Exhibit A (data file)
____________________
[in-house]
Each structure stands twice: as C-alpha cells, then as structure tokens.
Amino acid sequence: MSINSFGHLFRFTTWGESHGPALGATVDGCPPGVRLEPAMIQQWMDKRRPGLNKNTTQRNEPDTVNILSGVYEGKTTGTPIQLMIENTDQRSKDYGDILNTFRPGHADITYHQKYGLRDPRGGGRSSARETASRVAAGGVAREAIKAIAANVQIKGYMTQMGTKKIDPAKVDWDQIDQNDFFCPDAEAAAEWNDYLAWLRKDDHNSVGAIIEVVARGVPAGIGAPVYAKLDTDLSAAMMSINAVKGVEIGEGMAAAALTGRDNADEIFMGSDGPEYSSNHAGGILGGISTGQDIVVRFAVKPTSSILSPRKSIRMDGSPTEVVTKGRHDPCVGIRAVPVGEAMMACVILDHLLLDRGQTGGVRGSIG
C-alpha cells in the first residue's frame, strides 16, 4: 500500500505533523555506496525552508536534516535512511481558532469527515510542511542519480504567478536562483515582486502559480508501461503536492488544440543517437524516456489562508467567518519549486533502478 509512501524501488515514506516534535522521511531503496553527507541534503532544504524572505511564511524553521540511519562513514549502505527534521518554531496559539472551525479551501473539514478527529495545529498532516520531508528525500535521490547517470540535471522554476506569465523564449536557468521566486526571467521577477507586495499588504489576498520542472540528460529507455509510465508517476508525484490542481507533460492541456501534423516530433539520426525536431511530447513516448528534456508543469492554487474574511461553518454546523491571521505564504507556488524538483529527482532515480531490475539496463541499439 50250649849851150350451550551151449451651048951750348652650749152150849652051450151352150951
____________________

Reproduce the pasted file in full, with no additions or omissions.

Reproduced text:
[in-house]
Each structure stands twice: as C-alpha cells, then as structure tokens.
Amino acid sequence: MSINSFGHLFRFTTWGESHGPALGATVDGCPPGVRLEPAMIQQWMDKRRPGLNKNTTQRNEPDTVNILSGVYEGKTTGTPIQLMIENTDQRSKDYGDILNTFRPGHADITYHQKYGLRDPRGGGRSSARETASRVAAGGVAREAIKAIAANVQIKGYMTQMGTKKIDPAKVDWDQIDQNDFFCPDAEAAAEWNDYLAWLRKDDHNSVGAIIEVVARGVPAGIGAPVYAKLDTDLSAAMMSINAVKGVEIGEGMAAAALTGRDNADEIFMGSDGPEYSSNHAGGILGGISTGQDIVVRFAVKPTSSILSPRKSIRMDGSPTEVVTKGRHDPCVGIRAVPVGEAMMACVILDHLLLDRGQTGGVRGSIG
C-alpha cells in the first residue's frame, strides 16, 4: 500500500505533523555506496525552508536534516535512511481558532469527515510542511542519480504567478536562483515582486502559480508501461503536492488544440543517437524516456489562508467567518519549486533502478 509512501524501488515514506516534535522521511531503496553527507541534503532544504524572505511564511524553521540511519562513514549502505527534521518554531496559539472551525479551501473539514478527529495545529498532516520531508528525500535521490547517470540535471522554476506569465523564449536557468521566486526571467521577477507586495499588504489576498520542472540528460529507455509510465508517476508525484490542481507533460492541456501534423516530433539520426525536431511530447513516448528534456508543469492554487474574511461553518454546523491571521505564504507556488524538483529527482532515480531490475539496463541499439 50250649849851150350451550551151449451651048951750348652650749152150849652051450151352150951